Judith Kitchen

Judith Kitchen passed away on 6 November 2014, just days after completing work on the essay-review in Spring 2015 Georgia Review. The contributor’s note she supplied read as follows: “Judith Kitchen has three new forthcoming essays—in the Harvard Review, Great River Review, and River Teeth. Her most recent book, The Circus Train, was the lead publication in a new venture—Ovenbird Books, at ovenbirdbooks.org.” To that we respectfully add this brief overview of her writing and teaching career: Kitchen began as a poet, publishing the volume Perennials as the winner of the 1985 Anhinga Press Poetry Prize. She then shifted to prose writing of several sorts, with emphases on essays and reviews. Her four essay volumes are Only the Dance: Essays on Time and Memory (University of South Carolina Press, 1994); Distance and Direction (Graywolf Press, 2002); Half in Shade: Family, Photographs, and Fate (Coffee House Press, 2012); and The Circus Train (Ovenbird Books, 2013)—which appeared first, almost in its entirety, in the Summer 2013 issue of The Georgia Review. In 1998 Kitchen published a critical study, Writing the World: Understanding William Stafford (University of Oregon Press), and in 2002 a novel, The House on Eccles Road (Graywolf Press). She also conceived and edited three important collections of brief nonfiction pieces, all published by W. W. Norton: In Short (1996), In Brief (1999), and Short Takes (2005)—the first two coedited by Mary Paumier Jones. Kitchen also founded State Street Press in the early 1980s, bringing out over the next twenty years seventy-six poetry chapbooks, two pamphlets, five full-length poetry volumes, two collections of translations, and a poetry anthology—the State Street Reader. After teaching for many years at SUNY-Brockport—not all that far from her birthplace of Painted Post, NY—Judith retired and moved with her husband Stan Sanvel Rubin to Port Townsend, WA, from which they founded and co-directed for a decade the Rainier Writing Workshop low-residency MFA program at Pacific Lutheran University in Tacoma. The collection What Persists
Selected Essays on Poetry from The Georgia Review, 1988–2014 was published by the University of Georgia Press in 2015.

Uncategorized

Fourteen Ways of Looking at Selecteds (on The Darkness Around Us Is Deep: Selected Poems of William Stafford, edited by Robert Bly; Hinge & Sign: Poems, 1968-1993 by Heather McHugh; Velocities: New and Selected Poems, 1966-1992 by Stephen Dobyns; New and Selected Poems, 1974-1994 by Stephen Dunn; Study for the World’s Body: New and Selected Poems by David St. John; Firekeeper: New and Selected Poems by Pattiann Rogers; Walking to Cootehill: New and Selected Poems, 1958-1992 by John Engels; and A Marvin Bell Reader: Selected Poetry and Prose by Marvin Bell)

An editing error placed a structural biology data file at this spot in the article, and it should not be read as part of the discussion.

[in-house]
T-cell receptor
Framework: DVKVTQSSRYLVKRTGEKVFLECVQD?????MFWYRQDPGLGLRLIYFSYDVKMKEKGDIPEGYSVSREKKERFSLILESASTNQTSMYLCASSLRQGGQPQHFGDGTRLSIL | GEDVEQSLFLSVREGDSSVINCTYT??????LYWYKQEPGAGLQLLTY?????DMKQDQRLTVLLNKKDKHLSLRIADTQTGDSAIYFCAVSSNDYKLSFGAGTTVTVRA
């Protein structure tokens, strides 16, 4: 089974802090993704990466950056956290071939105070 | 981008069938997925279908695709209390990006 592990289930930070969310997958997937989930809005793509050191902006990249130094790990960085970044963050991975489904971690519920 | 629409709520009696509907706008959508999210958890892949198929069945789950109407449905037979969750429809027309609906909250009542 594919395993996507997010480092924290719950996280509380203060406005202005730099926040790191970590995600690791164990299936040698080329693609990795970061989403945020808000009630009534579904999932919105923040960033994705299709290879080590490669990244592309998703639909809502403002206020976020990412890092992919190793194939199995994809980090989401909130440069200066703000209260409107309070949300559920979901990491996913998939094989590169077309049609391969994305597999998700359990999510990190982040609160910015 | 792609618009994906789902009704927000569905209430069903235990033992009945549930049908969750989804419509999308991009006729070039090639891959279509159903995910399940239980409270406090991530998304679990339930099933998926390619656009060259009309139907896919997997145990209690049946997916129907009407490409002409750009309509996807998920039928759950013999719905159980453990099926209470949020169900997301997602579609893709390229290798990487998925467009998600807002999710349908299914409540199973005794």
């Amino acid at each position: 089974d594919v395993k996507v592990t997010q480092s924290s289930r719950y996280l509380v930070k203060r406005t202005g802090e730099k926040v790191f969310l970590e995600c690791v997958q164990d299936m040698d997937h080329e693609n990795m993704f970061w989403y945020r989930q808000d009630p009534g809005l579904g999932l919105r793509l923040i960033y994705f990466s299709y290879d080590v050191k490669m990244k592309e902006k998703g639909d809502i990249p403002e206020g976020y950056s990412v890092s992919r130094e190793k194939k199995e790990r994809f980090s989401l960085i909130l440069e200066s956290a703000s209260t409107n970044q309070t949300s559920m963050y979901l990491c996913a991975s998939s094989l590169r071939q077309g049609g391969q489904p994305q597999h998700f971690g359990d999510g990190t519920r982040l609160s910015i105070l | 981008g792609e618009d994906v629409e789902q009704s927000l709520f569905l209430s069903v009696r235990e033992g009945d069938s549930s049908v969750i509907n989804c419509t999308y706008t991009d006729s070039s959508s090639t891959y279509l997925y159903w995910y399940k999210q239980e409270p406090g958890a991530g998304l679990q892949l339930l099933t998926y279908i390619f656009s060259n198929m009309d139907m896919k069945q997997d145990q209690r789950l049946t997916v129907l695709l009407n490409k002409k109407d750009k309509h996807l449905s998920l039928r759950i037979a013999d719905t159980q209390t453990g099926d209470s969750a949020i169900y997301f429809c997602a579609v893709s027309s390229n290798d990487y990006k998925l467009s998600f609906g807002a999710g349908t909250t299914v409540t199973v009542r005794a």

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Anthologizing—the Good, the Bad, and the Indifferent (on Word of Mouth: Poems Featured on NPR’s All Things Considered, edited by Catherine Bowman; Poetry 180: A Turning Back to Poetry, edited by Billy Collins; Stand Up Poetry: An Expanded Anthology, edited by Charles Harper Webb; Hammer and Blaze: A Gathering of Contemporary American Poets, edited by Ellen Bryant Voigt and Heather McHugh; The Norton Anthology of Modern and Contemporary Poetry, third edition, edited by Jahan Ramazani, Richard Ellmann, and Robert O’Clair; Good Poems, edited by Garrison Keillor; and Poems to Read: A New Favorite Poem Project Anthology, edited by Robert Pinsky and Maggie Dietz)

Uncategorized

Raindrops on Roses . . . (on The Kitchen Sink: New and Selected Poems, 1972–2007 by Albert Goldbarth; Quiver of Arrows: Selected Poems, 1986–2006 by Carl Phillips; Earthly Meditations: New and Selected Poems by Robert Wrigley; Deep Light: New and Selected Poems, 1987–2007 by Rebecca McClanahan; The Corpse Flower: New and Selected Poems by Bruce Beasley; Crossing to Sunlight Revisited: New and Selected Poems by Paul Zimmer; and Recounting the Seasons: Poems, 1958–2005 by John Engels)

Reviews

Da Capo al Coda

From the beginning, I knew there could be trouble: a box of cheeky new books on my doorstep, all dressed in their shiny covers, waiting to be read. All week I had been ranting about the contemporary world—its lack of tradition, its misuse of grammar, its insidious technologies. One television ad talked about the motel’s […]

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Reviews

When the River Is Ice

It’s 2014, the 100th anniversary of William Stafford’s birth, and people all over the country are celebrating his life and work. Why Stafford, I wonder, when I don’t remember so much interest in 100th anniversaries for Theodore Roethke, Elizabeth Bishop, John Berryman? In three years, will there be this resurgence of interest in Robert Lowell? […]

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Features

Night Piece

  Sometimes the things dreamers do seem incomprehensible to others, and the world wonders why dreamers do not see the way others do. —Queen Marie of Romania, at the dedication of the unfinished Maryhill Museum of Art, 1926   Eighty-eight beams of radiation. I know, because I’ve counted, over and over, through the muted music as […]

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